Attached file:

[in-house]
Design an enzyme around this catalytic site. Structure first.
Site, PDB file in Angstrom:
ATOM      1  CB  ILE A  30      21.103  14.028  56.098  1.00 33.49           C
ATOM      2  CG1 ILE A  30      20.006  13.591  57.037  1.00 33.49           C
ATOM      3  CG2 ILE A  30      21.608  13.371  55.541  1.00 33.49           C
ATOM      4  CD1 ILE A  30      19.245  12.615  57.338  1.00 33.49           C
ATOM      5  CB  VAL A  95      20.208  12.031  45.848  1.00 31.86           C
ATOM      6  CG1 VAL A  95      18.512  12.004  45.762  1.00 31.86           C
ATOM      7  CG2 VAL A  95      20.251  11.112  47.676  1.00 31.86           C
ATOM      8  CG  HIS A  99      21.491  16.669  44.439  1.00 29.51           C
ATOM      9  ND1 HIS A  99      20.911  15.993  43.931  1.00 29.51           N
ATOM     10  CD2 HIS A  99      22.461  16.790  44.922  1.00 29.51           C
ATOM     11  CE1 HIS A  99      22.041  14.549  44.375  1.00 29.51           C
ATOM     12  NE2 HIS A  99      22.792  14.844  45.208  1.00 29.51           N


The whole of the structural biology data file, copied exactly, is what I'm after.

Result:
[in-house]
Design an enzyme around this catalytic site. Structure first.
Site, PDB file in Angstrom:
ATOM      1  CB  ILE A  30      21.103  14.028  56.098  1.00 33.49           C
ATOM      2  CG1 ILE A  30      20.006  13.591  57.037  1.00 33.49           C
ATOM      3  CG2 ILE A  30      21.608  13.371  55.541  1.00 33.49           C
ATOM      4  CD1 ILE A  30      19.245  12.615  57.338  1.00 33.49           C
ATOM      5  CB  VAL A  95      20.208  12.031  45.848  1.00 31.86           C
ATOM      6  CG1 VAL A  95      18.512  12.004  45.762  1.00 31.86           C
ATOM      7  CG2 VAL A  95      20.251  11.112  47.676  1.00 31.86           C
ATOM      8  CG  HIS A  99      21.491  16.669  44.439  1.00 29.51           C
ATOM      9  ND1 HIS A  99      20.911  15.993  43.931  1.00 29.51           N
ATOM     10  CD2 HIS A  99      22.461  16.790  44.922  1.00 29.51           C
ATOM     11  CE1 HIS A  99      22.041  14.549  44.375  1.00 29.51           C
ATOM     12  NE2 HIS A  99      22.792  14.844  45.208  1.00 29.51           N